Published on November 12th, 2013 | by Mohammad Ali Kadivar2
Iran’s Moderation Project and Lessons of the Reform Era
by Mohammad Ali Kadivar
It took only a few months after president Hassan Rouhani’s inauguration for the broad but fragile alliance behind him to face challenges after the shutdown of a reformist newspaper as well as the harassment of the daughters of Mir Hossein Mousavi and Zahra Rahnavard, two leaders of the opposition Green Movement who are still under house arrest.
Reformists and supporters of the Green Movement that had voted for Rouhani in June 2013, outraged from these incidents, urged him to take a more aggressive and confrontational stance against hardliners. Ayatollah Dastgheib, the most outspoken clerical supporter of the Greens who had also endorsed Rouhani in his presidential campaign, reminded the President that his vote for him had been on the condition that political prisoners be released and Rouhani should do anything to fulfill that condition. Jaras, a major website of the Green Movement, also published multiple articles with a similar theme. One of those articles warned Rouhani that if he stayed silent and did not join popular forces, he would be defeated from that point forward. The Organization of Iran’s Republicans, an elite opposition group in exile that has an astute strategic vision, concluded that these actions show that Iran’s Leader and governmental organizations under his supervision are determined to abort Rouhani’s policies, similar to what they did in paralyzing the reformist administration of Mohammad Khatami from 1997 to 2005.
Responding to this wave of criticism on Oct. 30, former president Khatami, a key supporter of Rouhani in the 2013 election, stated that hardliners “want to detach Rouhani from his social backbone, and pretend that his administration is inefficient.” Khatami also highlighted the positive role of the Leader Ali Khamenei in the outcome of the 2013 election, and asked the youth in particular to be patient and maintain realistic expectations for Rouhani. Political commentators in the opposition received this speech rather differently. While some urged the people to stay moderate and take Khatami’s advice seriously, others recalled that during his presidency, Khatami’s approach to demobilizing his popular supporters and following reformist demands through established institutions and elite negotiations was ultimately unsuccessful.
As different sides of the debate draw analogies and examples from the Reform Era (1997-2005), the content of their arguments resonate a great deal with hot discussions during that eight year period. In a recently published article in the American Sociological Review, I explain the major strategic debates within the Reform Movement and how these strategic chasms derived coalition changes within the movement. I argue that the positions of reformist actors in these debates can be better understood and classified along the lines of three different dimensions: optimism about the incumbent elite in the Islamic Republic of Iran, optimism about the possibility of reform through the institutions of the Islamic Republic, and optimism about the viability and consequences of popular mobilization. The convergence or divergence of reformist groups’ perceptions along these three dimensions drove the formation and disintegration of alliances in the Reform Movement.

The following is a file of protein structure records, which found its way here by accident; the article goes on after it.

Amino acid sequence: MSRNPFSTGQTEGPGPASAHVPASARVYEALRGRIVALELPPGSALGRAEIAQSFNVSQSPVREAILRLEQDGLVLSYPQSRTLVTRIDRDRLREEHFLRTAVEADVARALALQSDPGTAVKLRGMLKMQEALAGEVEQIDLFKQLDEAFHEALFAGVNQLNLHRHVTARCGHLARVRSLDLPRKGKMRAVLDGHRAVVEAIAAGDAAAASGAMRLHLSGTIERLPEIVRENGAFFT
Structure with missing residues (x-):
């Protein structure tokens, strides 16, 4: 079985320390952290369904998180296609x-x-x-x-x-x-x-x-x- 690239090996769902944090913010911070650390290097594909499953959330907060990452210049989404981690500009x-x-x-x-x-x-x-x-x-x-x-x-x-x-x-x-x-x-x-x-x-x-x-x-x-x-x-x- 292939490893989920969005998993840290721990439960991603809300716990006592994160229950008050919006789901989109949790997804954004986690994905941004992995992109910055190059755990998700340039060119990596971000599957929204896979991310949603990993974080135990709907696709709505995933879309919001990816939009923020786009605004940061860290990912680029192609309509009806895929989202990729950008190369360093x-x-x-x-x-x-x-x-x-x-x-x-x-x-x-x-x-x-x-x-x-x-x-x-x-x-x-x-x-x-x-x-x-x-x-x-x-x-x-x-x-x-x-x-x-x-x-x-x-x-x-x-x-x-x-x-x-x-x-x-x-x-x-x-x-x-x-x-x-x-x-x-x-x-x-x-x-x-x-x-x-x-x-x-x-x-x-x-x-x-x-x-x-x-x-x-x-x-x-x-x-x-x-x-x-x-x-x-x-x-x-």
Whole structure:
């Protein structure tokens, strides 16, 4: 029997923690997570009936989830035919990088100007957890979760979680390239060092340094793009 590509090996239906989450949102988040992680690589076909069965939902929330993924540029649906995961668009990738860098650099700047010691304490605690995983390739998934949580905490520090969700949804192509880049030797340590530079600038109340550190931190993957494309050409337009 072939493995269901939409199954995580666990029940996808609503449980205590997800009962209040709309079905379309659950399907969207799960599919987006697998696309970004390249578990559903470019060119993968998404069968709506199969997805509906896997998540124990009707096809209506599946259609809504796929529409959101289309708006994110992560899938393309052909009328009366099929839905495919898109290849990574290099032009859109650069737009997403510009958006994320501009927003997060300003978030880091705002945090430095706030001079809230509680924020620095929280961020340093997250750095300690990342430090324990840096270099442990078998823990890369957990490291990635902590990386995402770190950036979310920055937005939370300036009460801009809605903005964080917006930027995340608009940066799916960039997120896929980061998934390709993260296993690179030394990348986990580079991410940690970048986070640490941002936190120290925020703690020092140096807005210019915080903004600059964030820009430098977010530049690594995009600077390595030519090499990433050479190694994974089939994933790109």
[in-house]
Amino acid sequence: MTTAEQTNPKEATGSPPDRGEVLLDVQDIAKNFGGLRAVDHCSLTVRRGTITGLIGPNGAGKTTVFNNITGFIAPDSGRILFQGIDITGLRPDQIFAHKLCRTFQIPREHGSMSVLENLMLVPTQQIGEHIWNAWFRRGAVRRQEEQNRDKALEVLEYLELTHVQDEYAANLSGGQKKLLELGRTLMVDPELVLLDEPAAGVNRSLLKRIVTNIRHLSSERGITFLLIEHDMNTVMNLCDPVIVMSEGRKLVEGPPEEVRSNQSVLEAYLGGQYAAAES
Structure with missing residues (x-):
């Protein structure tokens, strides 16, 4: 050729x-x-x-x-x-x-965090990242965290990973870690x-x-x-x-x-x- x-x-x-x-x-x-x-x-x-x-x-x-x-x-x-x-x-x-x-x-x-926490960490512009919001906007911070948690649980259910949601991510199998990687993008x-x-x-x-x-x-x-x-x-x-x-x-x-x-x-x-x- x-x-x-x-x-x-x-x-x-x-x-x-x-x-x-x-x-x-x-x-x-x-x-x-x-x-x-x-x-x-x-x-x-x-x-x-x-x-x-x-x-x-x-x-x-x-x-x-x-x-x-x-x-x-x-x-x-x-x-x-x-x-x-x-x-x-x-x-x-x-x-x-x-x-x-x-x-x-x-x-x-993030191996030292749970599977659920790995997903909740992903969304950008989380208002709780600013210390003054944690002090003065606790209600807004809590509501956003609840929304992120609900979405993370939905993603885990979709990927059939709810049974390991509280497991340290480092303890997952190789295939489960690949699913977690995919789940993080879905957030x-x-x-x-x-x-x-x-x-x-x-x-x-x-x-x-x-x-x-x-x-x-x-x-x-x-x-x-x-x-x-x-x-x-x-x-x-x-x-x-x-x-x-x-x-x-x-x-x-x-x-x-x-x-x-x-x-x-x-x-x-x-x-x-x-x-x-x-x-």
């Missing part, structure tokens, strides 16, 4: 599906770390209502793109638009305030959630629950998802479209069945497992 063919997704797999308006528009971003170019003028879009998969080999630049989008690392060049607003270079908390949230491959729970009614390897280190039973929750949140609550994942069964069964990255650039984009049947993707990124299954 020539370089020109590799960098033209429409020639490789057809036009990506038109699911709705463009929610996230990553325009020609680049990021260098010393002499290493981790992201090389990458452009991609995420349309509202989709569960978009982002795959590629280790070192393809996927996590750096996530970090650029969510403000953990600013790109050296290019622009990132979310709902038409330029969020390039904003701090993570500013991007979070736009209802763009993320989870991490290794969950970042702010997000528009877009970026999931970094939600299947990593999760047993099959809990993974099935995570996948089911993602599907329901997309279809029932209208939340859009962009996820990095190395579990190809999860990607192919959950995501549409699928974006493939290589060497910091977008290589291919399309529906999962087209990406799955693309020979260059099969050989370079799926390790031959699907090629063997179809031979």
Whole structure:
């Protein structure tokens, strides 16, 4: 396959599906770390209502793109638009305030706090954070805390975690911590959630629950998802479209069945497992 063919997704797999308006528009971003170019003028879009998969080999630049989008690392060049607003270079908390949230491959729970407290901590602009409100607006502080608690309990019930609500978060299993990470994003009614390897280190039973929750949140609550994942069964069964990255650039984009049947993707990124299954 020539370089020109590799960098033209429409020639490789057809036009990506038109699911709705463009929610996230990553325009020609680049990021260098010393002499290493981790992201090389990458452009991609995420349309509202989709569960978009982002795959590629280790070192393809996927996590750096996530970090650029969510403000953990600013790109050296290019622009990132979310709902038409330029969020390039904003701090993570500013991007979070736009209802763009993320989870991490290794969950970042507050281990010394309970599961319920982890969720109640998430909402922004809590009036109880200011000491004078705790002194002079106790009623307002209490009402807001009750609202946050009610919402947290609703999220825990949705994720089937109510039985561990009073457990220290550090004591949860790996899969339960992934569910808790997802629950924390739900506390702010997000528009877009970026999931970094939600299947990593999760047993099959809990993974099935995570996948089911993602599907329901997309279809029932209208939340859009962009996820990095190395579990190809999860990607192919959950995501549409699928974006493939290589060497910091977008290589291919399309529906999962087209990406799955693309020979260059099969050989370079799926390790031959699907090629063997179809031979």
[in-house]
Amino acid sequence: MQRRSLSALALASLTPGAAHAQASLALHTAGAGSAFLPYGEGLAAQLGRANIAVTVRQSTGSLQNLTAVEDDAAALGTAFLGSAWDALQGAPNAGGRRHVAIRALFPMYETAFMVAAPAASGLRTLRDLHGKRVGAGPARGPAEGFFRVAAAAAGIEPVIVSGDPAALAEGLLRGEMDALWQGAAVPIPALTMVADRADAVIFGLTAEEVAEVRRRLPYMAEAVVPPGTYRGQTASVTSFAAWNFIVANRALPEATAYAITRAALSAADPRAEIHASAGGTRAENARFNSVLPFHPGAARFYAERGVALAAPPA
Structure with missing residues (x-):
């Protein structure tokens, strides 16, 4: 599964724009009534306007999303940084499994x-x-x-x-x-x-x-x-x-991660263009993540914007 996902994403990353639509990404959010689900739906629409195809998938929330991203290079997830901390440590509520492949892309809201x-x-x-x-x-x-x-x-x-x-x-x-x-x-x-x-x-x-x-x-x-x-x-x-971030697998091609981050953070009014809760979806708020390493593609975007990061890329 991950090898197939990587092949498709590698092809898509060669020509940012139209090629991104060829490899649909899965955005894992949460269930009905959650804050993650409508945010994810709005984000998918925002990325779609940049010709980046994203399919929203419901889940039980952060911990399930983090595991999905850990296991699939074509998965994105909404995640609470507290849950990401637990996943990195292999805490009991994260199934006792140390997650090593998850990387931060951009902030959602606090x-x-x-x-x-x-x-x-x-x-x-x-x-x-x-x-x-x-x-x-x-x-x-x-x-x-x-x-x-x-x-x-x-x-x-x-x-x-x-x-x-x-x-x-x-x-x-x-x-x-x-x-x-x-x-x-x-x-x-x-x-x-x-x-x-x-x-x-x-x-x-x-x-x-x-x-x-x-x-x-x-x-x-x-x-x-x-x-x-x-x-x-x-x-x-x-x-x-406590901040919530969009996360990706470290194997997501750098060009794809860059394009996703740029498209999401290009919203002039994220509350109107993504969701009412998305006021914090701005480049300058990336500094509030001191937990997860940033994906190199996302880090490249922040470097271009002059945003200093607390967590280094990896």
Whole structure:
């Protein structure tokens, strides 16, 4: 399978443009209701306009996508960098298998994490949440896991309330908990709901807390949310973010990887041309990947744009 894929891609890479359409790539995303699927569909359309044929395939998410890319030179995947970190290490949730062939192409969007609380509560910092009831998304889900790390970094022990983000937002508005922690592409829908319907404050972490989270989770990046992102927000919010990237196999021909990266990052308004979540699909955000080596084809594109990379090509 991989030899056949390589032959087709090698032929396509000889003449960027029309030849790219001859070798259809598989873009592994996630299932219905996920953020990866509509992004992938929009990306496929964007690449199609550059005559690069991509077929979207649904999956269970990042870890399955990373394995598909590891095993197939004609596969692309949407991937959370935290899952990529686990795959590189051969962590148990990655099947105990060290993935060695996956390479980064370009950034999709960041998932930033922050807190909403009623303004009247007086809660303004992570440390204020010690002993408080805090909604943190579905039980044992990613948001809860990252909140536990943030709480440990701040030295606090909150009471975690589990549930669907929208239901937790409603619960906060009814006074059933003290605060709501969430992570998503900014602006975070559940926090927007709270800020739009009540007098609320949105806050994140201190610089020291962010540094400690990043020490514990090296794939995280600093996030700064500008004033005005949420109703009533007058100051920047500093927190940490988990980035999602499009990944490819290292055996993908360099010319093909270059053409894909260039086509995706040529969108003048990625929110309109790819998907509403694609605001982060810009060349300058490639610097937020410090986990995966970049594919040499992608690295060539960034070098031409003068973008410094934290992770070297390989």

The Reform Movement took off in Khatami’s landslide victory in the 1997 presidential election. It hoped to promote the rule of law, hold officeholders accountable, and strengthen civil society. Three major actors backed Khatami’s campaign and later constituted the grand reformist alliance that supported Khatami’s policies and plans: a clerical reformist party (the Assembly of Militant Clerics), two lay reformist parties (the Organization of the Mujahedin of the Islamic Revolution and the Participation Front), and the student movement (represented by the Office for Strengthening Unity).
These three groups all shared a strategic assessment of the political context in Iran at the time that was key to sustaining the alliance. This assessment, the political negotiation model, was based on optimism toward the incumbent elite in the Islamic Republic, optimism about reforming the regime through its own institutions, and pessimism about the consequences of popular mobilization for the Reform project. This model indicated that dialogue and negotiation with hardliners would finally convince them of the benefits of reformism.
“The best way to engage the enemies of civil society is to give them this opportunity to rethink and to let them readjust,” one affiliated newspaper suggested. “We should show them in practice that transition to democracy presents greater opportunities than threats” (Hayat-e No, June 1, 2000). This model was also credited with stating that institutions of the Islamic Republic were capable of reforming the regime from within (Asr-e Ma, December 1999/January 2000). As a journalist affiliated with the lay reformist parties put it, the political institutions of the Islamic Republic were not “dead-ends.” Indeed, he continued, “there is no way to change the world than to act within legal institutions” (Neshat, July 13, 1999). In addition, supporters of this model feared that because of deep grievances, mass mobilization would stir up emotions, spawning radicalism and provide hardliners with an excuse for repression, possibly leading to civil war. In addition, these reformists felt the Reform Movement lacked the organizational capacity to keep public demonstrations under control.